I recently posted a before and after photo collage of myself on Facebook. Though I was excited to show off my thin photo, I was also a little worried about that one question I knew I couldn’t easily answer: How’d you do it?
For 20 years, real weight loss seemed like a magic trick that I couldn’t do. Years of dieting and working out never got me any closer to “thin.” Even running marathons didn’t seem to do the trick. So when I saw someone else lose weight after a long struggle, it always seemed like magic. I couldn’t wait to ask or read about how they did it. I couldn’t wait to find that single simple trick.
The problem with my weight loss is that there isn’t any magic. There isn’t one simple trick that has lead to some pounds staying off long enough for me to lose even more pounds. For me, it is always a struggle.
I have two voices inside my head. I start every day on the scale. Whether up or down, the positive voice tells me I can make that number smaller tomorrow. I have a whole day ahead of me to stay within my calorie budget and accomplish the goal I have set for myself. I get dressed for the gym, knowing I will feel empowered by the strength I see in the mirrors there.
I have two visions inside my head. When the numbers on the scale are low, the vision I see is one of progress. I see the size medium body, where once there was an extra large. I see the muscle tone, the smaller waist line, and the smaller numbers on the tags of my jeans. I look in the mirror and see the hard work, more emotional than physical, that I have put in over the last year and a half.
I have two thoughts inside my head. One thought is that working on my body is not selfish at all. Or that it is exactly the right kind of selfish. Instead of ignoring extra weight that felt uncomfortable under my skin, I have made changes that have made me healthier. Instead of looking jealously at the muscles and strength of other women, I have taken steps to gain those muscles and that strength. This thought is one of pride that my “girl” push-ups are no longer from my knees.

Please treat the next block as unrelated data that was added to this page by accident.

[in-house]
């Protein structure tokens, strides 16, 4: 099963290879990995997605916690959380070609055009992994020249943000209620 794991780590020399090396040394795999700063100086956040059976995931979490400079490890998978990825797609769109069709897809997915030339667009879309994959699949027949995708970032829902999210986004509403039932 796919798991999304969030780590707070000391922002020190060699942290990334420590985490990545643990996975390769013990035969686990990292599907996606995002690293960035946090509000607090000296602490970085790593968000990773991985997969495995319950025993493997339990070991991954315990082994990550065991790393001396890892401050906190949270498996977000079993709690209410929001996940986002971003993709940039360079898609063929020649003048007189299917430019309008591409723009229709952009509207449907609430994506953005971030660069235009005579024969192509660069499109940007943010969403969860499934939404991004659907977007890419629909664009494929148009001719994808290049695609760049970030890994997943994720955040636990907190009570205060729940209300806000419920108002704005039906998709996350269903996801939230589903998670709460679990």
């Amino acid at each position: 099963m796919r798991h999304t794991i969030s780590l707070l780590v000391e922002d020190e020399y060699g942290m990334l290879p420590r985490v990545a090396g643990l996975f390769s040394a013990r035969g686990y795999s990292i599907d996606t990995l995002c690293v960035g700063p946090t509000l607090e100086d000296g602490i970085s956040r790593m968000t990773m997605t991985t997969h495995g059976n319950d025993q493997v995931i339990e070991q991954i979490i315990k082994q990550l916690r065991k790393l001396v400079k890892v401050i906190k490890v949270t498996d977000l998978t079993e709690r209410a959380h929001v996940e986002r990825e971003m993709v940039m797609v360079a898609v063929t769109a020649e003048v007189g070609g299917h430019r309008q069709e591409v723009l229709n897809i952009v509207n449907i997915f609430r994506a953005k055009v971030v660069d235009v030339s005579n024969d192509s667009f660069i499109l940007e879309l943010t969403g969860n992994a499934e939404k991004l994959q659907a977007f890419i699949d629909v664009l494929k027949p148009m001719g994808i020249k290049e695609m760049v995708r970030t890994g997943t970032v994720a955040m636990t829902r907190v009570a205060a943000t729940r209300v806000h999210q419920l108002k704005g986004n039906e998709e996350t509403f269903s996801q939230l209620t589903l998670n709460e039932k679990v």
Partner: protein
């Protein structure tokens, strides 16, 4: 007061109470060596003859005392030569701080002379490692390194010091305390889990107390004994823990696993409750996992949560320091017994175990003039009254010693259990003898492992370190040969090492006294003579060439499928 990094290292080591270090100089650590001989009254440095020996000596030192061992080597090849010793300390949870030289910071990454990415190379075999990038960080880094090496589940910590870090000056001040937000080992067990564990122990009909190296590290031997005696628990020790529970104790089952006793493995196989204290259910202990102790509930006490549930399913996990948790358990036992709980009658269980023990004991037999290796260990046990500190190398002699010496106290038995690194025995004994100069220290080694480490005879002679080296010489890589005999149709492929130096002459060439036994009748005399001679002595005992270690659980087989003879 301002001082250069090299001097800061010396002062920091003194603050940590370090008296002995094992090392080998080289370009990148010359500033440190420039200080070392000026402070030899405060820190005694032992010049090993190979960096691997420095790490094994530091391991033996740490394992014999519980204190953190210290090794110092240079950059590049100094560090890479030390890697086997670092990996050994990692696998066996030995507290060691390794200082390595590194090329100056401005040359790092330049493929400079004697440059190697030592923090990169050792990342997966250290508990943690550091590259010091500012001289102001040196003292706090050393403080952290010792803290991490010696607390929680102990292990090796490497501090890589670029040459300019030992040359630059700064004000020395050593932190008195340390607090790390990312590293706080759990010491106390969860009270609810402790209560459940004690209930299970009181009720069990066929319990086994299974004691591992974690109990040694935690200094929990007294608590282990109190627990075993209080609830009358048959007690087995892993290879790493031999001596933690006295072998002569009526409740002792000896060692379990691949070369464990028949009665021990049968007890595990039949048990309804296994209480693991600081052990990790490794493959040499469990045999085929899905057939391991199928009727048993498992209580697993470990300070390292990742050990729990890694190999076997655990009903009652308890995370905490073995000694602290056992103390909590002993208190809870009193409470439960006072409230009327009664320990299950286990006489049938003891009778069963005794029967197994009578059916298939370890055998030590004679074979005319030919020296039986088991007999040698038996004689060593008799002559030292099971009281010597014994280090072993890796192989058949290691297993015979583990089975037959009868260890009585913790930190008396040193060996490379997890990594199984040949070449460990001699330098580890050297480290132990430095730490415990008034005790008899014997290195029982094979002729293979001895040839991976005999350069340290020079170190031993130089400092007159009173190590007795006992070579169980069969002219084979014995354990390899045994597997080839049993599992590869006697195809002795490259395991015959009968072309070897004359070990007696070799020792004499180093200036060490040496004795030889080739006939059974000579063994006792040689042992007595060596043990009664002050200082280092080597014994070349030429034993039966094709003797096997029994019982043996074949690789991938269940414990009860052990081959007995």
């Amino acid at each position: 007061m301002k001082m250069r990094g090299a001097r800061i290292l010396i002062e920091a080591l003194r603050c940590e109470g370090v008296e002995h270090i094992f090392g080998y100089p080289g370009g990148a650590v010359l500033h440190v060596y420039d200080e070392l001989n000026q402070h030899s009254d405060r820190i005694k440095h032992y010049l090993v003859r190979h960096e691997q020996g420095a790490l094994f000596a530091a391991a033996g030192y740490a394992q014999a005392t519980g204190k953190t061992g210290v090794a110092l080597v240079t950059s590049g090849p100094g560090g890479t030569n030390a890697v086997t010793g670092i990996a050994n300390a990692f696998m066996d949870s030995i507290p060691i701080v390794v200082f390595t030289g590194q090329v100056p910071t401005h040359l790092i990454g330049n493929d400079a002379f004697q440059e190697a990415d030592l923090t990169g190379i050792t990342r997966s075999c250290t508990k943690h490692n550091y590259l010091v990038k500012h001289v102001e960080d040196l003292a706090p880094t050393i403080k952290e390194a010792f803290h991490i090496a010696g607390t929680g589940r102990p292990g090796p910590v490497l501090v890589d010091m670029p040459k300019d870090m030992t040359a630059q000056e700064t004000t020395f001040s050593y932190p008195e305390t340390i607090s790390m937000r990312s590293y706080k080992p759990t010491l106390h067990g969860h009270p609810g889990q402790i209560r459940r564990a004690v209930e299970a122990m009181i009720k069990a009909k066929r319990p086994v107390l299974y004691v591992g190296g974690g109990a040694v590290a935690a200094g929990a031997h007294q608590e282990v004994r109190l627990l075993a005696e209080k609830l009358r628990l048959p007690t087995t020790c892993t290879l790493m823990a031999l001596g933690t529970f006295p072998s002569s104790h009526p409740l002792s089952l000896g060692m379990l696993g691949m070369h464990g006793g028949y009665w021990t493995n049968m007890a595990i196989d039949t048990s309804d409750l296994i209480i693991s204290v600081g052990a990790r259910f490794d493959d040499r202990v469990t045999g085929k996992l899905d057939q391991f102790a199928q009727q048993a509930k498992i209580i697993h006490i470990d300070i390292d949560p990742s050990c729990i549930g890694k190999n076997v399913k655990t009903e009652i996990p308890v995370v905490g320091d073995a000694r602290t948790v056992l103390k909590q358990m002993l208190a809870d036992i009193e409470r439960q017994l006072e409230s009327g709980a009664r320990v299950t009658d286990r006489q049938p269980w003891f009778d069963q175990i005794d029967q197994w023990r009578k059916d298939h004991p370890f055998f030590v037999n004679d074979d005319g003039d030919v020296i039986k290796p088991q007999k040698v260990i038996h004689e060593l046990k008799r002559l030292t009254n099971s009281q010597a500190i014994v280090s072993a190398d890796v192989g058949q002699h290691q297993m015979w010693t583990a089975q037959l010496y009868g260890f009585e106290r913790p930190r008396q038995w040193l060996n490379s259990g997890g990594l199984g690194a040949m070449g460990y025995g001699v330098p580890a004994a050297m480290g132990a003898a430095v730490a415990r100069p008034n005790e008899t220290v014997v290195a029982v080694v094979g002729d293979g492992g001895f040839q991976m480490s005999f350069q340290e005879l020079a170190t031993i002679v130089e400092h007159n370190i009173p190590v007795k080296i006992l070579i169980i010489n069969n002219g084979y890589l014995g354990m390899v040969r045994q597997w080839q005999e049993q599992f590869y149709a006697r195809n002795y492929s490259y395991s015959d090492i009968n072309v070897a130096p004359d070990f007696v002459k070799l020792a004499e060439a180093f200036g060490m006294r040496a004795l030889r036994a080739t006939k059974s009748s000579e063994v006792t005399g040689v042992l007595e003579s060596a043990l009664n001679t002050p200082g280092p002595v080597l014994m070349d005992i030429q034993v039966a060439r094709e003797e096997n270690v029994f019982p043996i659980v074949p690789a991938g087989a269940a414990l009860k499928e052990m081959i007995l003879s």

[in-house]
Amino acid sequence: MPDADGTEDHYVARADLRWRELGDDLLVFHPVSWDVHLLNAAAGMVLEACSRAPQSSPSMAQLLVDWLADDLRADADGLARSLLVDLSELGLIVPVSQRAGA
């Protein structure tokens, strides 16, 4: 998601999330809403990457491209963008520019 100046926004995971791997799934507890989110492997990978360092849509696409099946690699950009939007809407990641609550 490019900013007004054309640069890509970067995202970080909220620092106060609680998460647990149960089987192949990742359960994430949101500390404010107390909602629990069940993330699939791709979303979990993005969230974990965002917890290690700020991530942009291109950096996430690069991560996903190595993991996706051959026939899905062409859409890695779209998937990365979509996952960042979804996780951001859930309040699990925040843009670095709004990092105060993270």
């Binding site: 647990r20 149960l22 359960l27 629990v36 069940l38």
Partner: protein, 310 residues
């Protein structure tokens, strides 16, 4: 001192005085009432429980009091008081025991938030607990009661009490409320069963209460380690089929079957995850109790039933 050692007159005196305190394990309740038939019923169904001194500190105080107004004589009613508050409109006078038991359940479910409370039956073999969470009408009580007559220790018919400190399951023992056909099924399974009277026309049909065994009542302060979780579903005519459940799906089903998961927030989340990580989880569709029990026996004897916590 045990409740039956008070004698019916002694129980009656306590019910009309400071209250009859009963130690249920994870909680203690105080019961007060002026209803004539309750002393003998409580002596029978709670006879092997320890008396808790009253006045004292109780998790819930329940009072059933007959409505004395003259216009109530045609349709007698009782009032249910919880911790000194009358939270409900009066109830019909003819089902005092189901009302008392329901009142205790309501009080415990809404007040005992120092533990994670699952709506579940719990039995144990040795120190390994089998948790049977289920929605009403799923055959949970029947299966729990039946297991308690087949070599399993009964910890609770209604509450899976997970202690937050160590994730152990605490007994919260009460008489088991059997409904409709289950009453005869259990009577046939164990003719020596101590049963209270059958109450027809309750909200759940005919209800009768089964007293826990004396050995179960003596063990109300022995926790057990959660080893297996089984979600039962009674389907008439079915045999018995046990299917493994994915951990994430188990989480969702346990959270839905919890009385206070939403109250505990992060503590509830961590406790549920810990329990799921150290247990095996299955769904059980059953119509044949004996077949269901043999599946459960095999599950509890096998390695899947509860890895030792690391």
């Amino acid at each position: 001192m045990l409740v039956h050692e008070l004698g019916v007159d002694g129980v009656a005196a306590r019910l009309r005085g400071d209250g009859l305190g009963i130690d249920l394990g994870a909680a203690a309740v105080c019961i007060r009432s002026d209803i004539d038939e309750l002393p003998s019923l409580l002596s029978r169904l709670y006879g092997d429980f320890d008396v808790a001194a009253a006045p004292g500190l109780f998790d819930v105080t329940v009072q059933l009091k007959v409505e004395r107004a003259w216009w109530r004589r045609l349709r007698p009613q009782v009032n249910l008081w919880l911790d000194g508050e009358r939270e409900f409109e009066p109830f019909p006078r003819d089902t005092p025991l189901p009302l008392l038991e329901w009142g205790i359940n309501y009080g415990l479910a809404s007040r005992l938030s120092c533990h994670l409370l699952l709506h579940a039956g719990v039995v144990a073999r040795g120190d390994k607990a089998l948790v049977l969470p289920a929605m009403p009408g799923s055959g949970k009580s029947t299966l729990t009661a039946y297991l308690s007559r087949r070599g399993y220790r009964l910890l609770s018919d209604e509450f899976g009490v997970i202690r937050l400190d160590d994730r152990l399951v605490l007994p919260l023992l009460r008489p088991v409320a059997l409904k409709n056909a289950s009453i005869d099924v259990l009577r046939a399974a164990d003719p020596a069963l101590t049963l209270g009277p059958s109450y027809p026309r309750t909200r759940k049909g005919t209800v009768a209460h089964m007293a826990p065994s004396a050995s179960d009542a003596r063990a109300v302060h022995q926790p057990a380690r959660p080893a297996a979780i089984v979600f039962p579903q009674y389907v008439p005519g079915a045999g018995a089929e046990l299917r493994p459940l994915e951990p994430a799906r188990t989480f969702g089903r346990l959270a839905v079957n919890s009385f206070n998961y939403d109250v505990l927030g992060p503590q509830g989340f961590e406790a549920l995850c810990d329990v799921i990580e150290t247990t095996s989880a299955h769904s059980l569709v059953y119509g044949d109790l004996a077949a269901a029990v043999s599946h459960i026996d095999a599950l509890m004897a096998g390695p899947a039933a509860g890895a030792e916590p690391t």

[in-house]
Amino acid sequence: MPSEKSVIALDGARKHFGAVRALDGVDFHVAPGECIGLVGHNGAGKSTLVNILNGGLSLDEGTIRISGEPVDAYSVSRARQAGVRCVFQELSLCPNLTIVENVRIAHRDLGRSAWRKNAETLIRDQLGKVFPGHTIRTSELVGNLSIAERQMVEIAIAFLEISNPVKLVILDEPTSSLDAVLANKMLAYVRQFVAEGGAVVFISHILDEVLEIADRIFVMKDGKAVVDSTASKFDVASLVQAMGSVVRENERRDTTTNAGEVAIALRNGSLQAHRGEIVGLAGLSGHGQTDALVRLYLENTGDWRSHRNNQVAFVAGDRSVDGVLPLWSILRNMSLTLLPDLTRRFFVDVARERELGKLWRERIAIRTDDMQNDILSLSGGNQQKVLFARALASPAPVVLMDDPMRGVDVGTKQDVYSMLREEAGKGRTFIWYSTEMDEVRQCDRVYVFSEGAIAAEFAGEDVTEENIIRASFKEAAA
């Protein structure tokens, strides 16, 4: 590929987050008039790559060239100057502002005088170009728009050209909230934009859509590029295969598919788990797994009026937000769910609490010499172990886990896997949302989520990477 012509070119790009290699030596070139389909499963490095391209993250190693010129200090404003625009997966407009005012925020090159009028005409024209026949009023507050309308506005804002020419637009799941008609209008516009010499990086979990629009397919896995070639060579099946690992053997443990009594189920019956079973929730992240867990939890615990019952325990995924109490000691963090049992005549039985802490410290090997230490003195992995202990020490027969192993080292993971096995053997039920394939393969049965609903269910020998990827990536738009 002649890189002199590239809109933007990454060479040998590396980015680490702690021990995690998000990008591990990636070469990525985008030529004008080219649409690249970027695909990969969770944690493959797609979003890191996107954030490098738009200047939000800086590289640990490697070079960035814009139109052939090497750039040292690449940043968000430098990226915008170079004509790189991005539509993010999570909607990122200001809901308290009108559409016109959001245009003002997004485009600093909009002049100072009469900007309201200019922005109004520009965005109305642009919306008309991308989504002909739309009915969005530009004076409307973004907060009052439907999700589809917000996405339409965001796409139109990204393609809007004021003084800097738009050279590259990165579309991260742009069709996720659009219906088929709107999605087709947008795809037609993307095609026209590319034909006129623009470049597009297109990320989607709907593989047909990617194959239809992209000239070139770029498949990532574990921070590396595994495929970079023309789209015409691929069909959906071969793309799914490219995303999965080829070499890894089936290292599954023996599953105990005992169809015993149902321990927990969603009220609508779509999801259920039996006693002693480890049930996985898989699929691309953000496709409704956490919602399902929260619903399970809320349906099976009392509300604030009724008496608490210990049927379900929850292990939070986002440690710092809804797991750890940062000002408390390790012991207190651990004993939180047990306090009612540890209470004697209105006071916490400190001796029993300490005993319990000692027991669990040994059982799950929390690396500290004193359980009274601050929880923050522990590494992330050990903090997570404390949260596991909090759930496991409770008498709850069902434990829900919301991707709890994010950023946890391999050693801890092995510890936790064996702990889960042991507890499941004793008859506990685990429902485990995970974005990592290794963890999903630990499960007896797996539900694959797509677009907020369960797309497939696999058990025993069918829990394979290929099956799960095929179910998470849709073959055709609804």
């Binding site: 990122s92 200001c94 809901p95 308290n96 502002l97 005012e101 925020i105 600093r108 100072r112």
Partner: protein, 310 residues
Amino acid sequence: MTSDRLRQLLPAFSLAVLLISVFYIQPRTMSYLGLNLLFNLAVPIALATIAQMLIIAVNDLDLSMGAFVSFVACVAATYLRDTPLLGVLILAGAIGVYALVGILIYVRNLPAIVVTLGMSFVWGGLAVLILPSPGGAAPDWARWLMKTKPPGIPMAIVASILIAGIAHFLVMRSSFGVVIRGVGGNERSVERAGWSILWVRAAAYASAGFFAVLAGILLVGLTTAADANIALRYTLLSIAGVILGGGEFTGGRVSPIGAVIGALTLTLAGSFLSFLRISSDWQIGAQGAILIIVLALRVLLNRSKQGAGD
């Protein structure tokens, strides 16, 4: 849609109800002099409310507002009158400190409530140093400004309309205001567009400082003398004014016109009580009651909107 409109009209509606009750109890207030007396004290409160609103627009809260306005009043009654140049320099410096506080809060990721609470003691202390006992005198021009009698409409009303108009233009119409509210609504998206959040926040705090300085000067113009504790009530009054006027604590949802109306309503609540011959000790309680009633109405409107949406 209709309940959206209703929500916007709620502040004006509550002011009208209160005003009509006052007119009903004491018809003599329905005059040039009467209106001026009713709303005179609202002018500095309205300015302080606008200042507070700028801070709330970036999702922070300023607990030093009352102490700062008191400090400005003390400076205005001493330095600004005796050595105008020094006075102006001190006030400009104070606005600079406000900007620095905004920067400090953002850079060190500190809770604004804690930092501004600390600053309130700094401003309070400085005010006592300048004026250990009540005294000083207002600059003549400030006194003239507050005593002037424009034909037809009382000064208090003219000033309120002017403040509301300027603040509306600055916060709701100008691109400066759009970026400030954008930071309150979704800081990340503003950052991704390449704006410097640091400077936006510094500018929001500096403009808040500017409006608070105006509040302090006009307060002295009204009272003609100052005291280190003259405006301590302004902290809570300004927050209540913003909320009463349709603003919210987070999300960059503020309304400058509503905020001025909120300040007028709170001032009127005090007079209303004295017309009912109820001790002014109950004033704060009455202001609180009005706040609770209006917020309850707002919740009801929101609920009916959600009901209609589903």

About half way through my day, a second voice creeps into my head. This voice tells me one quick cookie or piece of chocolate won’t really matter. Maybe I’ll just have a nibble of last night’s dinner, or a slice of challah. Someone needs to finish the challah, says the voice. It doesn’t take much for the spiral of a binge to take over. Once I feel the day is shot, the voice tells me I might as well make it a “cheat day.”
My positive voice often chimes in mid-binge. It points out how well my morning started off and tries to remind me of the goals I have set. This voice acknowledges the binge, but tells me a binge doesn’t have to ruin the day. Unfortunately, this voice usually sounds like a whisper that I can hardly hear. The louder voice, the voice I hear as my own, tells me to enjoy these foods today because tomorrow will be a new day of dieting.
By evening, I am surprised by the vision I see in the mirror. Suddenly, I can’t believe how large I look. My belly seems to be as big as ever. I search and search for evidence that this is the same body I loved just hours before. My mind tries to make sense of these two visions. How can one pair of eyes see two completely different visions of myself? Which vision is the truth?
The second thought in my head is a very feminist one. As Glennon Doyle Melton said on Momastery.com, “Your body is not your masterpiece. It is the paintbrush you use to create your masterpiece each day.” There are so many things in this world that deserve my attention, why does my weight have to be one of them? What am I teaching my daughters by focusing so much attention on counting every calorie and making the gym such a priority? Am I practicing what I preach? Do I like my body enough as it is? Is this diet ruining the way I see myself?
These conflicting voices, and visions, and thoughts about my diet and my body have been a constant on this journey. Instead of magic, I have found keeping a journal to be the only way to recognize and understand these inconsistencies and to lose weight despite them.
Writing has helped me really hear the two voices in my head and to quiet the negative one. It has helped me understand that my vision of myself is affected by my emotions and can’t always be trusted. Reflecting on my thoughts about my body image has helped me figure out and focus on what really matters to me.
Trying to love my body as it is while also trying to lose unwanted weight is really, really hard, and I have done it incredibly slowly. It is NOT my main priority, but it is a goal I plan to reach.